"Chalaka, ular Tuan!" (Very wicked snake, sir), shrieked one of the Dyaks.

From the olive green of a rattan thicket stepped out a woman, covered with wreaths of jasmine, the two wings of a coal-black butterfly pasted on her forehead. Her hands flew to the slender neck of the snake, twisted quickly, and the head with its red prey was left between her fingers.

Dillingame stood stock still, staring at her. Laughing up into his face, she flung away the serpent's head, stripped off a jasmine garland, cast it about his neck— and was gone.

Both Trevor and I knew enough of the mythology of Borneo to realize at once that we had looked upon a hantus, one of the spirits that lived on the top of Mount Kina Balu and reappeared as the female priests of the country.

That was all very well; but such things can't be—they aren't, whether we had seen one or not; and the woman had been very beautiful.

"Yon's a bonnie lassie who favored you with the flowers," I remarked as Dillingame began to strip off the garland.

"That I leave to your Scotch susceptibility, Andy Freeman," he answered. "But did you get a good look at those butterfly wings she wore, on her forehead? An eight-inch spread to each of them, and black as jet! A new species, a new genus— perhaps even a new family of Lepidoptera. What do you suppose a specimen of that butterfly would bring in Paris or London? A fortune!"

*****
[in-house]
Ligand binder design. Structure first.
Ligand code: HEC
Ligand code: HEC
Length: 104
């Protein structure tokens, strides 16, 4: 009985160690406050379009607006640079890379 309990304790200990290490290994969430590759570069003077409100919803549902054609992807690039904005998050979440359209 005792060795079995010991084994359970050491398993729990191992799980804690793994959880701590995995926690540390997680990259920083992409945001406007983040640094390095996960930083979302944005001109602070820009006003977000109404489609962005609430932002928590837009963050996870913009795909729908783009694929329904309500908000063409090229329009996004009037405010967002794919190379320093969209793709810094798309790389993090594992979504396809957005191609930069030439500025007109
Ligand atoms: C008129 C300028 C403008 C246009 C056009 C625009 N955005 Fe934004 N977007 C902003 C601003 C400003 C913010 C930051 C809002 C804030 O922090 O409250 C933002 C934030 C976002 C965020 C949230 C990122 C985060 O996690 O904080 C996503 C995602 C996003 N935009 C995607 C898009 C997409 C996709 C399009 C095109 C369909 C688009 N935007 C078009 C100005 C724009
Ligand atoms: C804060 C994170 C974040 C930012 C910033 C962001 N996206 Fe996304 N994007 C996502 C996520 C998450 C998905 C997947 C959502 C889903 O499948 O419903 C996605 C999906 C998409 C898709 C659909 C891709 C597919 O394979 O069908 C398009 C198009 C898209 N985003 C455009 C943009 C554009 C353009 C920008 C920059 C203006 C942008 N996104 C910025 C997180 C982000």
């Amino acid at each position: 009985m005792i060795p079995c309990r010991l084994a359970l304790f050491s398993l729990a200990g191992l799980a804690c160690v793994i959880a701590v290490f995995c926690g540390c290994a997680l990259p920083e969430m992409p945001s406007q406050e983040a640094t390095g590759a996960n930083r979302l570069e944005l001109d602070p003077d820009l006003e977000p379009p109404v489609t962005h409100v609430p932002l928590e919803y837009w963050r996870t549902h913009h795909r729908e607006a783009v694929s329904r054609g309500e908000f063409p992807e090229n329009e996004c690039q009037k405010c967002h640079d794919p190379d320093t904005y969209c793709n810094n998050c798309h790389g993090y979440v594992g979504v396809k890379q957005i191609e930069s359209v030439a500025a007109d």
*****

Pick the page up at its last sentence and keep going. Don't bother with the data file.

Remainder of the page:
As we talked, we picked our way carefully along the back trail toward where a boat waited us on the water of a sluggish stream that ran to the coast. We did not expect to see the Dyaks again; they had fled in wild panic, but we did hope my Chinaman would still be there and would have enough knowledge of the channel to pilot us to the sea without becoming lost in some backwater. Besides, it was getting dark, and a night in a Borneo swamp jungle is enough to make the most seasoned explorer shudder.

The boat and Chinaman were waiting, as we had hoped; but as for getting out in the darkness, Lee San positively refused to attempt to guide us. Outside of the great probability of being lost he claimed that our craft would arouse countless devils of the night by disturbing the waters.